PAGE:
Battle Honour MESSINES 1914,'17,'18

Thu, 06/07/1917
Battle Honour MESSINES 1914,'17,'18

'And if perchance we do advance
To Wytschaete and Messines
They'll know the guns that strafed the Huns
Were wearing o' the green,

(Sung by troops of the Irish Division as they attacked round Petit Bois.)

The Battle Honour MESSINES 1914,'17,'18 is emblazoned on the King's Colour of The Royal Irish Regiment. The following is an account of the action in 1917.

As the Germans occupied the Messines Ridge, a vital feature that dominated the Ypres Salient and British trenches, it was essential that if the British were to break out from the Salient they must first capture the Ridge. Throughout the spring of 1917, preparations were made for the attack. At 0310 hours on 7 June, as a prelude to the attack, sappers detonated some 500 tons of high explosive in 19 separate mines under German strong points on the Messines Ridge.

Our antecedent regiments were well represented in the 16th (Irish), 25th, 36th (Ulster), and the 47th (London) Division - included were the 7th, 8th, 9th, 10th, and the 11th Battalion The Royal Inniskilling Fusiliers; the 2nd, 7th, 8th, 9th, 10th, 11th, 12th, 13th, 14th, and the 15th Battalion The Royal Irish Rifles; the 1st Battalion The London Irish Rifles; and the 7th/8th and the 9th Battalion The Royal Irish Fusiliers. The latter battalion's war diary entry on 6 June recorded:

Bombs etc. were issued out to all ranks and final preparations were made. At 10.0 p.m. our troops commenced moving to their assembly positions. Ladders were placed over trenches, positions prepared for climbing out of the trenches. Hot drinks were issued to the men. At midnight all ranks were reported ... in assembly positions.

IWM Q5460The detonation of the mines caused the complete destruction of some enemy strong points with the survivors dazed and in no position to fight. The attack in front of the 36th (Ulster) Division’s 107 Brigade was supported by mines at Kruisstraat and Spanbroekmolen. On the left, 109 Brigade was supported by the mine at Peckham House. The 16th (Irish) Division's attack was between Maedelstede Farm and the Vierstraat–Wytschaete road. The mines at Maedelstede and the two at Petit Bois again devastated the German defences. Closely following the creeping artillery barrage, the assault waves of infantry went forward. Where there was any enemy resistance, the infantry soon overcame it. Unfortunately, the mines at Petit Bois to the left were about 12 seconds late and caused casualties among the advancing infantry. Ontario Farm, 2 RIR's objective, was completely destroyed and when the attacking platoons arrived, all they found was a vast crater.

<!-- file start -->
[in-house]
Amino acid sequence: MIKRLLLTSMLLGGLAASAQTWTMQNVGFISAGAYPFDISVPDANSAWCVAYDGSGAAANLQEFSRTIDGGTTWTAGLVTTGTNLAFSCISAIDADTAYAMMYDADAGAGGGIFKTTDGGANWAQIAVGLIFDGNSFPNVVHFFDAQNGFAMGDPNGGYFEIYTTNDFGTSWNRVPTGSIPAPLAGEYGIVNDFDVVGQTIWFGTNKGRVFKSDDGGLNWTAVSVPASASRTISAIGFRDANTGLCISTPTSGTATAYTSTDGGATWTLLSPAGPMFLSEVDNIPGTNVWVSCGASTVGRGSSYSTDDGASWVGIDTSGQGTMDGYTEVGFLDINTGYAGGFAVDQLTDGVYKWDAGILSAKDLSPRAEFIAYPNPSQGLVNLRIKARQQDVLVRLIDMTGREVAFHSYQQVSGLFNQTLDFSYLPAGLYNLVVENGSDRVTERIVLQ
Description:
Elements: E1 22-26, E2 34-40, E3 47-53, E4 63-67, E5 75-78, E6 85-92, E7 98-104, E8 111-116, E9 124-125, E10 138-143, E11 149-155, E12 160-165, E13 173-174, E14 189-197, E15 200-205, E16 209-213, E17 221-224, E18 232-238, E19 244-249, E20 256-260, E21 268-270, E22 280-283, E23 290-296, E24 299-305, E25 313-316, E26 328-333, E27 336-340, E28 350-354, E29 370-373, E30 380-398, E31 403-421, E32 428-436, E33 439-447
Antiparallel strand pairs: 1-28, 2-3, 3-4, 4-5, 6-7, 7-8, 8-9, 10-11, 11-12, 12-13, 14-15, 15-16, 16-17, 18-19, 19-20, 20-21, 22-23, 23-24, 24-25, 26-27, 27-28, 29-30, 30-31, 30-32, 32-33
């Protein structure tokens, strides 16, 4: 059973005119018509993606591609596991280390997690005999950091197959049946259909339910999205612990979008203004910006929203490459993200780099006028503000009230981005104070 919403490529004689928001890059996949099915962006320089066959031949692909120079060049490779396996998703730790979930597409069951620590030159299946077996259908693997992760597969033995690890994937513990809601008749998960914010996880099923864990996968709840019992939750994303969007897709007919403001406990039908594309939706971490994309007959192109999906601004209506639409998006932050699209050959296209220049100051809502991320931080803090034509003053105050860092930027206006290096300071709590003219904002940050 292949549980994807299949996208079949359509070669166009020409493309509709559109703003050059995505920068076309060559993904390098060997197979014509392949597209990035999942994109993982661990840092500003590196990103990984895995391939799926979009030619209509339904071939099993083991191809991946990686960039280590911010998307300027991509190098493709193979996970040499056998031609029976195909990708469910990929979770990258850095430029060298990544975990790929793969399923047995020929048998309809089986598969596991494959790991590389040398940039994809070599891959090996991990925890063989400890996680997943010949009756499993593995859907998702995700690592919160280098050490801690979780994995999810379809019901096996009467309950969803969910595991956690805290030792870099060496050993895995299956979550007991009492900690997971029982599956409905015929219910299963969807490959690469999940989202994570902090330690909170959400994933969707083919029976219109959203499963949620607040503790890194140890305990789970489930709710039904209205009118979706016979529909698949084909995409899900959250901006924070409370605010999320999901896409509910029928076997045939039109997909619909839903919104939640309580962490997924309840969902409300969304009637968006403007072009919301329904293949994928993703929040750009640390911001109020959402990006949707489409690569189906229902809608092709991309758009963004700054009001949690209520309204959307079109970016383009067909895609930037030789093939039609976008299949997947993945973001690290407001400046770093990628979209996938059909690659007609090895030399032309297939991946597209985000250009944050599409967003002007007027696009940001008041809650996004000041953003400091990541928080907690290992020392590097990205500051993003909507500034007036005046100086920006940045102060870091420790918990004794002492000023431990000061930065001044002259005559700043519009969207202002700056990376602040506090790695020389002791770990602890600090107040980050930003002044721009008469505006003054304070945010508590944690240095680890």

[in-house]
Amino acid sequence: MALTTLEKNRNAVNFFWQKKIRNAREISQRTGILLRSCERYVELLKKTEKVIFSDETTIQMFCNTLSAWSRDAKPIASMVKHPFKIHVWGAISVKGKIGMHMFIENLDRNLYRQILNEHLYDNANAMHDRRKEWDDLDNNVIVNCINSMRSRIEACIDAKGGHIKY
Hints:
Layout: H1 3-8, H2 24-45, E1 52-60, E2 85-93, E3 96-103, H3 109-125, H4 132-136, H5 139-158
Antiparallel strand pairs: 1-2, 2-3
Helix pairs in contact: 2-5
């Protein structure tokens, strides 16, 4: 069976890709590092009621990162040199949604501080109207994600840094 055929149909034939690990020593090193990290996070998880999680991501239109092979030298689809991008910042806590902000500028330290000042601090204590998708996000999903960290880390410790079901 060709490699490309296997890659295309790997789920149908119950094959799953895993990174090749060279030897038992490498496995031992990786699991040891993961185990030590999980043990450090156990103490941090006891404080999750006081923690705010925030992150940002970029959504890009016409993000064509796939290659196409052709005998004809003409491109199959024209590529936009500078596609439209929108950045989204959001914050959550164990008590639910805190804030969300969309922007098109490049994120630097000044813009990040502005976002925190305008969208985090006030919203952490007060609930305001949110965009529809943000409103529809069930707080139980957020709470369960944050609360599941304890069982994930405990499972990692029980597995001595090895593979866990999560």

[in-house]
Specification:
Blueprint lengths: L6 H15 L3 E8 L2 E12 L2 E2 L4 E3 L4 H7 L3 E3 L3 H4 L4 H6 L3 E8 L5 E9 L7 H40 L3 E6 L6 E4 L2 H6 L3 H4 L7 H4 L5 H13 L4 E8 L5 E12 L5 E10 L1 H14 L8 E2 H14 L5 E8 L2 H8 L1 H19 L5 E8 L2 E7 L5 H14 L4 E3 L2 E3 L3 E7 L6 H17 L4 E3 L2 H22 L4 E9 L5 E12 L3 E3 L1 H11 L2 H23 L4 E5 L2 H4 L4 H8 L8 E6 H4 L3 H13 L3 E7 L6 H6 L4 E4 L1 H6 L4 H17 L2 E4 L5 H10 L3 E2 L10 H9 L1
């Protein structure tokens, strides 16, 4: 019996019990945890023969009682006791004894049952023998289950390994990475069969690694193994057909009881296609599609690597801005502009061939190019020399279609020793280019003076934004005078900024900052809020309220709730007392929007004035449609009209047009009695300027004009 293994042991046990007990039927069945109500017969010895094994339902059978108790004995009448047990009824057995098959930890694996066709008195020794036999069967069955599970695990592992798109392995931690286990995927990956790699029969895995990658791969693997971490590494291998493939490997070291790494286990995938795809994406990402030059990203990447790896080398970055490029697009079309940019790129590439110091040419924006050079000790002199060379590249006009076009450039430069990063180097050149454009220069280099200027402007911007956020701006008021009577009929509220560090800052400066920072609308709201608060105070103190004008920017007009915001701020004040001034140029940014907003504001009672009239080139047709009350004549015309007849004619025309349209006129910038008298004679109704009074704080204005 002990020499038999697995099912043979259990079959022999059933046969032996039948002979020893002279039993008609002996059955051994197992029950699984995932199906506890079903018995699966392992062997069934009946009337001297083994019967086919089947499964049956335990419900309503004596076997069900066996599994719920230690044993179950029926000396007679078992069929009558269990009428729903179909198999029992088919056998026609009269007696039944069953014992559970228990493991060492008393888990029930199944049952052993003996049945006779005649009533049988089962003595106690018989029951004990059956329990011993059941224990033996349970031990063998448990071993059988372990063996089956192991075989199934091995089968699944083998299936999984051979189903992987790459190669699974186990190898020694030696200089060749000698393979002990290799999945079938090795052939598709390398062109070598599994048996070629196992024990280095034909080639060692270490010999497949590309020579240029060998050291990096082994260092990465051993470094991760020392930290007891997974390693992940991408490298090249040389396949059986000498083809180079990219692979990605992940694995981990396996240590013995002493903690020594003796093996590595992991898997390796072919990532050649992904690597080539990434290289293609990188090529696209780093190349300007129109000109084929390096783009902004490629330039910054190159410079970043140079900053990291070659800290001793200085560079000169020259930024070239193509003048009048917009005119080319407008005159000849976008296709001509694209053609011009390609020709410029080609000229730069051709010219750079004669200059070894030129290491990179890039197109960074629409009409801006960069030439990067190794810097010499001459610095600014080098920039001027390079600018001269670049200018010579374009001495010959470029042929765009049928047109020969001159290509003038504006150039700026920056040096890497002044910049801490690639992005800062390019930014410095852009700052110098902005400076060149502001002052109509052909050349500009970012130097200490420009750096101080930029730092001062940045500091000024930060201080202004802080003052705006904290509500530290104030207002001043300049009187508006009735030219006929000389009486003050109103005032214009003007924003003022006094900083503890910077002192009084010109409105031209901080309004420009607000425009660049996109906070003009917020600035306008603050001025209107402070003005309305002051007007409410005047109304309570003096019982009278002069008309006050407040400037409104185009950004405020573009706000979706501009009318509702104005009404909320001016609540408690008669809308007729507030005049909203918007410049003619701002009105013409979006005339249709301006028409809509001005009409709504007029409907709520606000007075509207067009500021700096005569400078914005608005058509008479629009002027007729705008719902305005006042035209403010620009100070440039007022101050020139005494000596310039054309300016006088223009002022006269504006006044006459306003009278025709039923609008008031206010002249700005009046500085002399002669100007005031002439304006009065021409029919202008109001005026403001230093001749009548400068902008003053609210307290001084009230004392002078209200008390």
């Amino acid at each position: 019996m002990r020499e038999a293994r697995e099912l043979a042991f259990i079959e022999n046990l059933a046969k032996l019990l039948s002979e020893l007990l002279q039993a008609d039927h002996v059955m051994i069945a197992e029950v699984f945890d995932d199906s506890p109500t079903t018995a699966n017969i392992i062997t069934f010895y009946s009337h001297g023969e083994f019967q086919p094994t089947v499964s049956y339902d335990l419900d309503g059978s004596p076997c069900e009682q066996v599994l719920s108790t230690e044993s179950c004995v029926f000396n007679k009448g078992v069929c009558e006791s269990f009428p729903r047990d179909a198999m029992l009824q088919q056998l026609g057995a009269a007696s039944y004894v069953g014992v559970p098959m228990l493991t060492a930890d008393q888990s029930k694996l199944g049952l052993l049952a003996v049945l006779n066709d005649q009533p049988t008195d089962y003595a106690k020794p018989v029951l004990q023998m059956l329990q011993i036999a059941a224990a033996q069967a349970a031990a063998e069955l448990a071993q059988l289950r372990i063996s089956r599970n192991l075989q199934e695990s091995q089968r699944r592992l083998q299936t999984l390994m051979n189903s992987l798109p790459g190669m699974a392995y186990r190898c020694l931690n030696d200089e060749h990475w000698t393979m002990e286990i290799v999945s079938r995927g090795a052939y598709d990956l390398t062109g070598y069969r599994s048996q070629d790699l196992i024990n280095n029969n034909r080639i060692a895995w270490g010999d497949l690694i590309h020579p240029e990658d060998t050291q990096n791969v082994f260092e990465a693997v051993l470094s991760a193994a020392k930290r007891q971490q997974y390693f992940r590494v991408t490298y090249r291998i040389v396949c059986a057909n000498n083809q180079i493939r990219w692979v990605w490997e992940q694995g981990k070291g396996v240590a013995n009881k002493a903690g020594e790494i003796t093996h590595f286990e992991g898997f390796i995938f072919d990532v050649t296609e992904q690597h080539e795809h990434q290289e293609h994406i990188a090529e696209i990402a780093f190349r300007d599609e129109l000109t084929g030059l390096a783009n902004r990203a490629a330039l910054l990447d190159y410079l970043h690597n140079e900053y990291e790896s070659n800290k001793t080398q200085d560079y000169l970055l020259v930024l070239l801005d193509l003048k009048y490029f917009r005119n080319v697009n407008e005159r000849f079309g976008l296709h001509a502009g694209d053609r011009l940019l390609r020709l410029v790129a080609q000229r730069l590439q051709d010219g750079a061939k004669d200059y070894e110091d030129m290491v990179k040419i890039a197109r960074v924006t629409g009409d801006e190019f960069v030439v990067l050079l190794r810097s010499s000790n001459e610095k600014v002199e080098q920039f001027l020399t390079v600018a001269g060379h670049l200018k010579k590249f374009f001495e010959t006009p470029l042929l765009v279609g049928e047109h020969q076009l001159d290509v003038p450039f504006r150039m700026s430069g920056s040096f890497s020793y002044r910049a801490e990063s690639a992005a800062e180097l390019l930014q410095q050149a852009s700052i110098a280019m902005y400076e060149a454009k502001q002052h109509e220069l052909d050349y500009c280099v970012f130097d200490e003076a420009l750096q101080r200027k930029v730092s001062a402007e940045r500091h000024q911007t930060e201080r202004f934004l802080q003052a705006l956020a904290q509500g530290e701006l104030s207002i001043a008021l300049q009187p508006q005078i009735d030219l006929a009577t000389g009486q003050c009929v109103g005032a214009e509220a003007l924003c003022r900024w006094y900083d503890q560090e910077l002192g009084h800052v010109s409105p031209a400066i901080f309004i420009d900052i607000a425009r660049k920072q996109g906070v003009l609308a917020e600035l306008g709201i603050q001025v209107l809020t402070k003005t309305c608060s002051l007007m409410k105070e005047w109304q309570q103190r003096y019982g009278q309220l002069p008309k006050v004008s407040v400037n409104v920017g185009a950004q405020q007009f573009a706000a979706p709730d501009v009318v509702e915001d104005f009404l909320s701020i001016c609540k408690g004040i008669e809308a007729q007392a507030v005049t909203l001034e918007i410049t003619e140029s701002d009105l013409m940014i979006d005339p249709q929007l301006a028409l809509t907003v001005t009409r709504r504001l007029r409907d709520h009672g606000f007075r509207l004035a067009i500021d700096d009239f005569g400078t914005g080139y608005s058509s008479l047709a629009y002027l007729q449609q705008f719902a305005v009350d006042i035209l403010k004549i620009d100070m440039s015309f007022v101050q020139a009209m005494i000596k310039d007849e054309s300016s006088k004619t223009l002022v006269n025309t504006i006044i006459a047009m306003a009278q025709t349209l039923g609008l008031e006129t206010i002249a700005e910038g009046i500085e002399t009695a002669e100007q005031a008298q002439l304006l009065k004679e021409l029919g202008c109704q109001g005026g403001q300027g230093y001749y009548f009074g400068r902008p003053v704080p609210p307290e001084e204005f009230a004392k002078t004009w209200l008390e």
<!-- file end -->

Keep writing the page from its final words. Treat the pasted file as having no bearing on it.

Above, village of Wytschaete captured on 7 June 1917 by the 16th (Irish) and the 36th (Ulster) Division. Photographed on 8 June 1917 (© IWM Q5460)

IWM Q6384The battle was a triumph of organisation in every form; the pack transport which brought forward food, ammunition and wire, arrived as planned - within a few hours of the advance, the men were able to drink hot tea brought up in containers. All initial objectives were taken within three hours and the 16th (Irish) Division and the 36th (Ulster) Division cooperated in the capture of Wytschaete where the divisional boundary cut through the village. Casualties as always were heavy, but fortunately the number of those killed was by comparison small. Many prisoners were taken; 2 RIR captured 200 men, five machine guns, two trench mortars, and a large quantity of ammunition and stores.

Above and below, Inniskillings of the 36th (Ulster) Division displaying their captured trophies at Locre, after the capture of Wytschaete, 12 June 1917. (© IWM Q6384 and Q6385)